by Shane Nolan, SVP Technology, IDA Ireland
The entertainment industry is in a topsy-turvy situation, with productions hugely impacted due to the impact of the coronavirus while consumer demand for streaming services and other forms of home entertainment is exploding as people stay home and look for distractions. These parallel trends are exacerbating the existing challenge in the industry to find more studio capacity as traditional organizations like Disney and Warner Bros. are joined by tech firms that have moved into the original content creation space such as Netflix, Apple, AT&T, YouTube, Amazon and others.
As these players become "media companies" rather than just studios or technology firms, they are all eager to develop or acquire the compelling films and television series that will give them market share. However, high demand for great studio infrastructure and daunting domestic real estate prices -- particularly in big filming hotspots like Southern California and New York -- are compounding the problem. Even back in 2016, the Los Angeles soundstage occupancy rate was at 96%, underscoring a problem that has only gotten much worse.
In the past, media content such as Normal People, Star Wars: The Last Jedi , Outlander, Game of Thrones, the Jason Bourne films, Jojo Rabbit and Spiderman: Far from Home were filmed and subsequently produced in Europe where there are incentives for production operations such as financially beneficial tax offerings, lower production costs, experienced crews and a growing amount of first-class studio space. One of the most promising developments for companies looking to produce content is the fact that Europe has already begun reopening when it comes to film and television shoots, with firm Covid-19 guidelines in place, of course. This is life-saving news for U.S. media companies needing to fill their expanding entertainment channels. However, a number of key factors should be considered when choosing a location for shoots, production and post-production activities.
Ireland has two major projects currently underway, which will add to its sizeable current facilities at Ardmore, Ashford Studios and Troy Studios. The Greystones Media Campus in County Wicklow is being built on an 40 acre site as a €150 million state-of-the-art film and TV center with 14 sound stages, offices and production buildings. It should be open by late 2021. Another film and TV studio project is underway in Dublin in the Grange Castle business park that will have 12 sound stages, 100,000 square feet of workshop space and 100,000 square feet of offices.
Irish industry and Irish talent supply is regularly represented amongst the nominees at the most high profile award ceremonies for the industry annually. Per capital, it could be said that Ireland has been inordinately represented at the Academy, Emmy and other award ceremonies. This year, there were four Irish nominations for Normal People at the Emmys joining other Irish nominees such as Cork’s Fiona Shaw, who was nominated in the Outstanding Supporting Actress in a Drama Series for her role in Killing Eve, and Andrew Scott for Outstanding Guest Actor in a Drama Series for his role in Black Mirror.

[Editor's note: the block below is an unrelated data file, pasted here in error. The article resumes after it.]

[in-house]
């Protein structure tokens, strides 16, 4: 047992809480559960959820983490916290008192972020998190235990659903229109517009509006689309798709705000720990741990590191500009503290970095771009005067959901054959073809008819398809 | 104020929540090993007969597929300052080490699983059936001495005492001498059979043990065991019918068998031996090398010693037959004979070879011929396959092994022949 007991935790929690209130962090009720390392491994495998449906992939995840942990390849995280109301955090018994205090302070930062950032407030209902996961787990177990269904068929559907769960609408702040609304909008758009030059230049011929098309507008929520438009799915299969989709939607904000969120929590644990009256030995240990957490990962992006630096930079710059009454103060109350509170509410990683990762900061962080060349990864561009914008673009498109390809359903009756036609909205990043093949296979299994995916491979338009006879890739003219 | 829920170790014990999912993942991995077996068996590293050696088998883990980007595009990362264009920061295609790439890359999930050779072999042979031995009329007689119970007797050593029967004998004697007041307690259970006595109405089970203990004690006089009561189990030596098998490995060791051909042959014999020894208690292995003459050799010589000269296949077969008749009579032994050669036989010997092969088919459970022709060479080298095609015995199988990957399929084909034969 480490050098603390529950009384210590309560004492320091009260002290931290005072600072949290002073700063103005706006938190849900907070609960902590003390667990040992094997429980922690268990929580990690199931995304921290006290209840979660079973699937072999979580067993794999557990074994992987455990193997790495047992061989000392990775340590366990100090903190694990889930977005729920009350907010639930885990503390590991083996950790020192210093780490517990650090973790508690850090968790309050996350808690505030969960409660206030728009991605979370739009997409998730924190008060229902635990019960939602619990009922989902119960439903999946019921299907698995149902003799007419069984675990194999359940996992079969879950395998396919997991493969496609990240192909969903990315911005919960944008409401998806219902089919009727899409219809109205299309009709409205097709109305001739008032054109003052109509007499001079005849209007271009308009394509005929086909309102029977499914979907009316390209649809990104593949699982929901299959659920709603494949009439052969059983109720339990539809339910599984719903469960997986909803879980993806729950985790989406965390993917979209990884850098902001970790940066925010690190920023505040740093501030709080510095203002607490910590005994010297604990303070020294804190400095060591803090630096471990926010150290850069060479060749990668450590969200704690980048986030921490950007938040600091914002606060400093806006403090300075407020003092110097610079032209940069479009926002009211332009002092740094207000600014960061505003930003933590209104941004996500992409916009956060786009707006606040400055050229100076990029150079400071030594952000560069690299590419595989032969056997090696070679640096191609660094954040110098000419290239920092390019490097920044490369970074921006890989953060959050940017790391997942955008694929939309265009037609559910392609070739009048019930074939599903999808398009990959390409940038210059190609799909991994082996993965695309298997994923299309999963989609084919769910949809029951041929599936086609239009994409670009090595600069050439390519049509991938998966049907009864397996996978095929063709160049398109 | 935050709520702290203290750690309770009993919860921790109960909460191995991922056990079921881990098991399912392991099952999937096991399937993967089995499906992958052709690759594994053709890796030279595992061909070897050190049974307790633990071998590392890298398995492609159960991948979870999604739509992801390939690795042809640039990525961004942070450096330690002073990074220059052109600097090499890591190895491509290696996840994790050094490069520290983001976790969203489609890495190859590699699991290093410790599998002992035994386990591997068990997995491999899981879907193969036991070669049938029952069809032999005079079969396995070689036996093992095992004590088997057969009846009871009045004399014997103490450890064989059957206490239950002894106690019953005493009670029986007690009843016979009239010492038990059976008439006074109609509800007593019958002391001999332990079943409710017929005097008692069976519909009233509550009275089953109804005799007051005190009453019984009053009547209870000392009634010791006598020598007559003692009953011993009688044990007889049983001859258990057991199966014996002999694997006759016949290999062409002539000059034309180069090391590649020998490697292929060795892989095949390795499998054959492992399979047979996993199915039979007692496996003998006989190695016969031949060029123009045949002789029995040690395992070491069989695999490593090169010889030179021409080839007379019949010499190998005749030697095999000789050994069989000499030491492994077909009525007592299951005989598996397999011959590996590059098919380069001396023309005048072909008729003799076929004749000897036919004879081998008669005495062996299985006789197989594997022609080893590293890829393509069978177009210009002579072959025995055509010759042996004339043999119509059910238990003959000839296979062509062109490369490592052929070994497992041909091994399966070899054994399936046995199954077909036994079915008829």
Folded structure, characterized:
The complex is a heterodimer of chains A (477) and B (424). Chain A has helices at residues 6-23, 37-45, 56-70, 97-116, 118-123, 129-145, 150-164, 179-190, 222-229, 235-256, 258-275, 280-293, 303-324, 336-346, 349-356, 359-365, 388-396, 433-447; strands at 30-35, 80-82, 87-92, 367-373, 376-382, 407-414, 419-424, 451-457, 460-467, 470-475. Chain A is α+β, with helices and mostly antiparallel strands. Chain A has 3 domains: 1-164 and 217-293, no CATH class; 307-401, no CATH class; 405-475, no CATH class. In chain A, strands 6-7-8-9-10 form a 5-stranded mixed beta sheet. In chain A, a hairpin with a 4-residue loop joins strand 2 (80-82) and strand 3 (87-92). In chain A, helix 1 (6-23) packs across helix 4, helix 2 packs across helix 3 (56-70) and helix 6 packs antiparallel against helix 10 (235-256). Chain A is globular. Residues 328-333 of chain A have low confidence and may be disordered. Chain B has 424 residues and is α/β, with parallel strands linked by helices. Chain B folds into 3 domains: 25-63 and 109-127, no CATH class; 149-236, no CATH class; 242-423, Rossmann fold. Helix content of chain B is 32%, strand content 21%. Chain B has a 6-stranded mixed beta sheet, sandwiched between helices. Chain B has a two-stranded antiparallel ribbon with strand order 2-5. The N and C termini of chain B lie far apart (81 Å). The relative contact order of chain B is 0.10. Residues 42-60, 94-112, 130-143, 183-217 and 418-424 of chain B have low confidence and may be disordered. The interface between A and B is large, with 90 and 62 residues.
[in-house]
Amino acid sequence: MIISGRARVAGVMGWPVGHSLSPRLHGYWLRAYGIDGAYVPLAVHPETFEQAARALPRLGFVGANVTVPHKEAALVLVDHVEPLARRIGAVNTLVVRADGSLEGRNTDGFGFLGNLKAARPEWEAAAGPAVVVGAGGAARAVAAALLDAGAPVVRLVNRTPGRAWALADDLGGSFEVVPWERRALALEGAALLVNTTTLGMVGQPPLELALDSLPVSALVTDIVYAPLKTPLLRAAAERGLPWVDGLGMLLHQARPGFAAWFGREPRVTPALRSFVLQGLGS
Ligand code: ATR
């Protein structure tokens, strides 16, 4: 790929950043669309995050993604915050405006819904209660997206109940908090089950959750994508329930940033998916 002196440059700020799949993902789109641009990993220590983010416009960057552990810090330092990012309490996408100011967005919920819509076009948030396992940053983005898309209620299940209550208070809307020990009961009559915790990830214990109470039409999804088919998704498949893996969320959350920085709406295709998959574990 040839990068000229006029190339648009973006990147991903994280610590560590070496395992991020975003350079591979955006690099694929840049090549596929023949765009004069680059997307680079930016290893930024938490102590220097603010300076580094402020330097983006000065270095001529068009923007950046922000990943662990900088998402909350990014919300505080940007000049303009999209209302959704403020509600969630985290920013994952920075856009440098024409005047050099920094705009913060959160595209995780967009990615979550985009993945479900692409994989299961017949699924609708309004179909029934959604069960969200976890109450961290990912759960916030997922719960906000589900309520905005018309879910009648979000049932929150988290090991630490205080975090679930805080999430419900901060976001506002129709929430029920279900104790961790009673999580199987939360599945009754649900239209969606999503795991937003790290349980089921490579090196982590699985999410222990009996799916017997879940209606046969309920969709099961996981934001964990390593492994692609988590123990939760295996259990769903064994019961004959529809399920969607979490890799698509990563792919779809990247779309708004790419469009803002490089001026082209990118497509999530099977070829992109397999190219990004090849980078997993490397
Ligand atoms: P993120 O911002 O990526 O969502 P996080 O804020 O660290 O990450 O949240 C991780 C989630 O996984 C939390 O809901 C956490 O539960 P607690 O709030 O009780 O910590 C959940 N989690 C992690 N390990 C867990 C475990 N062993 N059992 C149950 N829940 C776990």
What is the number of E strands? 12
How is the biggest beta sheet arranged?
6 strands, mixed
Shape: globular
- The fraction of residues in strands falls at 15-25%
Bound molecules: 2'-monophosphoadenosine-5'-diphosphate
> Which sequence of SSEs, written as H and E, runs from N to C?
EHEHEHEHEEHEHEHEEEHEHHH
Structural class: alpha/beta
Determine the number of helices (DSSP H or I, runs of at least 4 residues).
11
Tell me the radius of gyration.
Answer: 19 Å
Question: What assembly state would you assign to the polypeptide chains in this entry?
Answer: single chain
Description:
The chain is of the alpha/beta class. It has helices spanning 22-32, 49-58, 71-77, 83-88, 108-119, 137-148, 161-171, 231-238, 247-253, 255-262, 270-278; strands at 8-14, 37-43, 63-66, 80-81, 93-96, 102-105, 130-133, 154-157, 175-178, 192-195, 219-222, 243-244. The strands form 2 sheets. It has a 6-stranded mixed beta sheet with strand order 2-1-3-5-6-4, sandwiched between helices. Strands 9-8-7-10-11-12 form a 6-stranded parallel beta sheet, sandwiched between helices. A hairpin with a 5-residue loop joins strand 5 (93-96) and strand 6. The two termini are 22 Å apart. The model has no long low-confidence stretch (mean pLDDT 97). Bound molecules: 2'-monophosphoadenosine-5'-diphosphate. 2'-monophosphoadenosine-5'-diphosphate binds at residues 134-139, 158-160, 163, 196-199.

The Audiovisual Media Services Directive
In recent years, the European Union has put new regulations in place to enhance security and protect citizens, among other things. The Audio Visual Media Services Directive (AVMSD) legislation has been around for a few years but an enhanced version went into effect September 2020 that international content creators as well as European production operations must follow. Besides requiring that catalogs contain 30% European content -- aimed at ensuring investment in European content production -- the enhanced regulations have been extended to include video-sharing platforms as well as putting in place various content controls regarding hate speech, child pornography, anti-terrorism and use of minors' personal data.
The impact of Brexit
Brexit will cause international productions to pause for thought in their location selection choices. While productions in the UK may be deemed eligible for the aforementioned AVMSD 30% quota (under the European Convention on Transfrontier Television), as regulatory divergence develops between the UK and the EU post-brexit, this eligibility or equivalence for UK productions may not be guaranteed. In addition, concerns about the freedom of movement for international crews and talent in and out of the UK post Brexit has caused a large increase in interest in Ireland as an alternative option. In addition, companies showing content in the 27 countries of the EU, need to have a regulator in the EU. As a result, choosing an EU country for production and regulation makes a lot of logistical sense.
To keep its film and television production industry thriving, European governments have launched aid programs to assist home-grown studios in weathering the impact of Covid-19. However, these nations are also looking forward and are providing incentives for productions to their respective studios. The typical incentives range from 20-33%. with other attractive offerings like rebates and grants. In Ireland, for example, filmmakers can avail themselves of a 32% (up to 37% in some locations) rebate on qualified spending, with 90% of the rebate available as an interim payment.
For US firms, Ireland has been a stable, predictable location and resource for over 70 years. In the media and entertainment industry, given there are so many moving parts, having a secure, reliable base from which to operate can save a lot of money and heartache in the long run.
If you are interested in Irish opportunities for filming or post production work please contact Shane.Nolan@ida.ie
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